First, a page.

At least 16 Donegal schools to lose a teacher in September – Ó Domhnaill

It has been confirmed at least 16 schools in Co Donegal will lose a teacher in September, according to Fianna Fáil Senator Brian Ó Domhnaill.

According to new figures published in the Irish Independent the following schools will lose at least one teacher in September as part of a three-year plan to slash teacher numbers in small rural schools: Scoil Náisúnta Gort An Choirce, Gortahurk; Scoil Cholmcille, Malin; Scoil Náisúnta Arainn Mhór, Arranmore; Scoil Náisúnta Loch An Lucbhair, Annagry; Scoil Naomh Chonaill, Bunbeg;  Ayr Hill National School Ramelton; Scoil Náisúnta Na Hacrai Burtonport; Scoil Náisúnta Umlach, Carrigart; and Gaelscoil Chois Feachaill, Moville.

In addition to this, 7 disadvantaged schools in Donegal will lose a teacher each under the DEIS cuts being enforced by the Education Minister Ruairí Quinn.  These are Scoil Mhuire, Glenties; St Johnston, Lifford; Scoil Chartha Naofa, Kilcar; Scoil Cholmcille, Malin; Scoil Adhmhnain, Raphoe; Scoil Náisúnta An Chaiseal, Glencolmcille; and Scoil Cholmcille, Carrigart.

Fianna Fáil Senator Brian Ó Domhnaill has said this is the first concrete evidence of how the Government’s anti-rural education policy will hit schools in Co Donegal.

“What we are seeing is the first phase of this Government’s attempts to force the closure of a number of small rural schools across the country, and particularly in the West,” said Senator Ó Domhnaill.

“The Minister for Education Ruairí Quinn has targeted the West of Ireland has for the bulk of the teacher cuts this year. A total of 46 schools in Donegal, Sligo, Leitrim, Mayo, Galway and Roscommon will lose at least one teacher this coming September.  And this is just the beginning.  Minister Quinn is embarking on a 3-year programme to slash 250 teaching posts across rural Ireland. In all, I have calculated that 101 of Donegal’s primary schools face staff losses and larger classes in September 2013, 2014 and 2015.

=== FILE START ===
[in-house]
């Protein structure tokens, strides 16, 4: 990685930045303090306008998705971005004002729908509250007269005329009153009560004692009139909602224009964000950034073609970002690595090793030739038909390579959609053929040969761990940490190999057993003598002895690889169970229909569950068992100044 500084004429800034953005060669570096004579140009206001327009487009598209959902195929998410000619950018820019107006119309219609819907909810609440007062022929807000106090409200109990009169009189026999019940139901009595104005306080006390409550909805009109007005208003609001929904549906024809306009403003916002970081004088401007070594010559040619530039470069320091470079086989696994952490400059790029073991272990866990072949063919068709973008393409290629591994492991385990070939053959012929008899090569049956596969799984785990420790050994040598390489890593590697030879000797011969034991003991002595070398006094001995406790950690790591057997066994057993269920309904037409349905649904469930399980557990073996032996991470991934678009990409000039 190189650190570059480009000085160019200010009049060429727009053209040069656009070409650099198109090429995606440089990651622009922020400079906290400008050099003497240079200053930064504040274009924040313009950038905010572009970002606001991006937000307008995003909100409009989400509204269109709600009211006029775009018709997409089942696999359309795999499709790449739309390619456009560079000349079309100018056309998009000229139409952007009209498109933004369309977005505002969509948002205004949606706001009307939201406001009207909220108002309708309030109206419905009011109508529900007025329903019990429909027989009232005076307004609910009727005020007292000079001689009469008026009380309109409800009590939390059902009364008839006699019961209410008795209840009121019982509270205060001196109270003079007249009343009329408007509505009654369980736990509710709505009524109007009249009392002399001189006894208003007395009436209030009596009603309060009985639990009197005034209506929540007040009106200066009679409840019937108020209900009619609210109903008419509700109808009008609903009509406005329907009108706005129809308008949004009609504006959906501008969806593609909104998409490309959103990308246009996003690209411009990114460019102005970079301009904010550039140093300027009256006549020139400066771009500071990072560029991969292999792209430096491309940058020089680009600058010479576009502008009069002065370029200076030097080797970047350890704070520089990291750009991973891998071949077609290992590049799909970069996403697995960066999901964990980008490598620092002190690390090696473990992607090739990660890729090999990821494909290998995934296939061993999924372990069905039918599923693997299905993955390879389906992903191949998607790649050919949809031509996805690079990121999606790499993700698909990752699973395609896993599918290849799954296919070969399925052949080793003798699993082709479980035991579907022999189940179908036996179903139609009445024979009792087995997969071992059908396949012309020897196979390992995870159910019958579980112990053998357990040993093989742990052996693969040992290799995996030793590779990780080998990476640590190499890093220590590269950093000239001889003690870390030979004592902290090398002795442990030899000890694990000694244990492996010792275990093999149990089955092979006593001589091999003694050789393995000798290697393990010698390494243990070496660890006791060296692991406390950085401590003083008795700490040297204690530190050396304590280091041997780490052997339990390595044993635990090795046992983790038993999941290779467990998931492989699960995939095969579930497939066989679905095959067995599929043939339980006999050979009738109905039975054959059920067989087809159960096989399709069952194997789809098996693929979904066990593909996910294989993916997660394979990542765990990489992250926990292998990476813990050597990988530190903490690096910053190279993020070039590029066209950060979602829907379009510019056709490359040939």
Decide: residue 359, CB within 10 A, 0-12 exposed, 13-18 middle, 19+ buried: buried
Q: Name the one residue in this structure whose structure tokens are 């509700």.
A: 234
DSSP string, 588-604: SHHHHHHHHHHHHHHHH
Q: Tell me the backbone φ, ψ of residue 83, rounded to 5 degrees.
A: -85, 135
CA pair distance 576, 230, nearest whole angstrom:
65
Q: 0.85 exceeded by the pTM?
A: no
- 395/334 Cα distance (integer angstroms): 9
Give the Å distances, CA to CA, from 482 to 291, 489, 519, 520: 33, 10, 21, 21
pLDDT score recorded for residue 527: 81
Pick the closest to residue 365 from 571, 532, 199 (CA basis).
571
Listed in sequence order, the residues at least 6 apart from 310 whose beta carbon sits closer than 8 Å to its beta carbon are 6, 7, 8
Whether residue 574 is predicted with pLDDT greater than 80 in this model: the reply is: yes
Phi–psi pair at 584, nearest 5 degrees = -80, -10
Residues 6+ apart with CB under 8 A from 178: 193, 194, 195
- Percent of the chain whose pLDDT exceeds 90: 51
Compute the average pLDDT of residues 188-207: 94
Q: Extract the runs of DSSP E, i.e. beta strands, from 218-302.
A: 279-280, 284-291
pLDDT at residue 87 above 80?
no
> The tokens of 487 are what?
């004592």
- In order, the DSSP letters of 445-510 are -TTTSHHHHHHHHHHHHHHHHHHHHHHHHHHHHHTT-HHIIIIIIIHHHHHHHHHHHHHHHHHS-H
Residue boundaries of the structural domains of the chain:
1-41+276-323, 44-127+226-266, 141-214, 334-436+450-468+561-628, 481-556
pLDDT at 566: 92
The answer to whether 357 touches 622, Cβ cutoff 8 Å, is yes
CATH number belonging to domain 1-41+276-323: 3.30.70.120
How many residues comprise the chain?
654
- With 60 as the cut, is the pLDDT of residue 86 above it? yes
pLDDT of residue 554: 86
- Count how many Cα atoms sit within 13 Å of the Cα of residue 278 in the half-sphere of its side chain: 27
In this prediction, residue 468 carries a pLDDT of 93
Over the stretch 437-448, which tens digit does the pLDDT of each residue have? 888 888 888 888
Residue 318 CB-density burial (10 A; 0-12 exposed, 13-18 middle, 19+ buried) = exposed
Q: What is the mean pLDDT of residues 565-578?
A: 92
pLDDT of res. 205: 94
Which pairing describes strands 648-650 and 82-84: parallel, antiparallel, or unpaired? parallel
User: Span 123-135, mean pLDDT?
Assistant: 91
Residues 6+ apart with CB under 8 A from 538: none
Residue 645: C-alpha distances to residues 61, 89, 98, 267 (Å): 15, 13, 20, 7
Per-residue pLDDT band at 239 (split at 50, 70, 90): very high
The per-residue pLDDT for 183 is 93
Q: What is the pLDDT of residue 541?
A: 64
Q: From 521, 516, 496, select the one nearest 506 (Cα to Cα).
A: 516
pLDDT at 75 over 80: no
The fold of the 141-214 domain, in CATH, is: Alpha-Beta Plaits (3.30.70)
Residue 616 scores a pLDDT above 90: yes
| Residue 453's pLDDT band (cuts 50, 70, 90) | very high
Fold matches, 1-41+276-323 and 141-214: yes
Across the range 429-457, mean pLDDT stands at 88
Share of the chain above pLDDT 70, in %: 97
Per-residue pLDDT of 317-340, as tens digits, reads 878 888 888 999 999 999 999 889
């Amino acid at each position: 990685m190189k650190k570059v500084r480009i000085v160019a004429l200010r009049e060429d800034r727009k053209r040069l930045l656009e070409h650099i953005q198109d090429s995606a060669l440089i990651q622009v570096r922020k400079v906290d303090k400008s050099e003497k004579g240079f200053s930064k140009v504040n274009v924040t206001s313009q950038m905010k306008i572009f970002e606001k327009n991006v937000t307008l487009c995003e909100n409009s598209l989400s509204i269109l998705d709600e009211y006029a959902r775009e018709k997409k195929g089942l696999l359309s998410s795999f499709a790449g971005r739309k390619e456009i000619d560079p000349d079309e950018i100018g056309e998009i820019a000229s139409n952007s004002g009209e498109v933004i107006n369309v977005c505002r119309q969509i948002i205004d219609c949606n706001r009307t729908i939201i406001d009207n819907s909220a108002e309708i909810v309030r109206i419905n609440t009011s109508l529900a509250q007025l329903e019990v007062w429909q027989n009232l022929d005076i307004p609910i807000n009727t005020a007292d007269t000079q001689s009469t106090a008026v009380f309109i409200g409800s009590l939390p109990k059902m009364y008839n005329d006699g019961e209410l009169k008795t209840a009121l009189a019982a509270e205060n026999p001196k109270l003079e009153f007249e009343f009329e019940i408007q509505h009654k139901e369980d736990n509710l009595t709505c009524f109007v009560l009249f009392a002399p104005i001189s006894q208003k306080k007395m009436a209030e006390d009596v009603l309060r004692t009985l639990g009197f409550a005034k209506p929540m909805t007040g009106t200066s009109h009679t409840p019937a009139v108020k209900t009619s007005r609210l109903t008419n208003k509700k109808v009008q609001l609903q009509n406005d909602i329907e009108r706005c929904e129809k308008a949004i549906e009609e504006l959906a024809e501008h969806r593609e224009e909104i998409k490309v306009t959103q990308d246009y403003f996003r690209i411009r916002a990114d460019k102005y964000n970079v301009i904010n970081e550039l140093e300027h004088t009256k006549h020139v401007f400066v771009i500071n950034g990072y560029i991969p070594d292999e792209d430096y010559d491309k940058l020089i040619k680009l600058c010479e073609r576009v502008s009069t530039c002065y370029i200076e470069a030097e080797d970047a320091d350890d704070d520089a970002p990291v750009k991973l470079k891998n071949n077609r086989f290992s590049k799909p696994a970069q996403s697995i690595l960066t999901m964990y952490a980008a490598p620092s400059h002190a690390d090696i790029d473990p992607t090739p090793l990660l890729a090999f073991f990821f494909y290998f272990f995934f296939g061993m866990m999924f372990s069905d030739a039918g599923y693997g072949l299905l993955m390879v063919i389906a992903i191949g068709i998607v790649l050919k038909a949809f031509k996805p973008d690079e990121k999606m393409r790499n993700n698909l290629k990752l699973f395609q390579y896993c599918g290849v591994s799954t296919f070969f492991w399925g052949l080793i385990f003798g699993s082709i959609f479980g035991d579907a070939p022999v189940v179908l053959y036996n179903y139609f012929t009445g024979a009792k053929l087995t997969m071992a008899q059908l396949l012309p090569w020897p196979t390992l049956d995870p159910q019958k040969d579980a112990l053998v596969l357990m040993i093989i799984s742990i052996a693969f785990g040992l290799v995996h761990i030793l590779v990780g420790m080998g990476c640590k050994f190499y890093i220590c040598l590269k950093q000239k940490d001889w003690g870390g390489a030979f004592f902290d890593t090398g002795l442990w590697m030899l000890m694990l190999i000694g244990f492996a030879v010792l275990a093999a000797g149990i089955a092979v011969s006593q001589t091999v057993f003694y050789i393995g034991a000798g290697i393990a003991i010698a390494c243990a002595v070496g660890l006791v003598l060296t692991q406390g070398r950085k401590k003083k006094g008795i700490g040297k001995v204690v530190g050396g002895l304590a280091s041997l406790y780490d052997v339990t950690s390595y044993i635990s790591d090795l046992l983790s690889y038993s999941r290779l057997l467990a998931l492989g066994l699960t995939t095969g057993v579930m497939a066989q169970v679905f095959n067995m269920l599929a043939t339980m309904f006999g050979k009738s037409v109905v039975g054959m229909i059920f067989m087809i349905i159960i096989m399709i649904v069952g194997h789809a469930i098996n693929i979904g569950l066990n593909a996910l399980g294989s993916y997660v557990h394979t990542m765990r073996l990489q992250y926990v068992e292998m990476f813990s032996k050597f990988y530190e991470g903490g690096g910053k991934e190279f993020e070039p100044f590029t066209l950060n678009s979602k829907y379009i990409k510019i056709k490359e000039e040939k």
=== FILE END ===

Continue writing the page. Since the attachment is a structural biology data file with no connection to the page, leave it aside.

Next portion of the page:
“This is a deeply flawed policy that unfairly targets rural communities.  There is no doubt that the end game is to force the amalgamation of small schools, resulting in some rural communities losing their local school altogether.  These cuts are based on pupil numbers alone, with absolutely no consideration of a school’s ethos, the geography of a particular area or the impact on the community of removing such a key amenity.

“This is about much more than education policy; it’s about preserving smaller communities in rural Ireland.  Schools are at the heart of so many communities in Mayo and across the West. Many of these communities have already suffered cuts to other local amenities like their garda stations and post offices. The social and economic consequences to them losing their local schools at this time would be huge.”

Posted: Mar 26, 2012     |     Categories: Uncategorized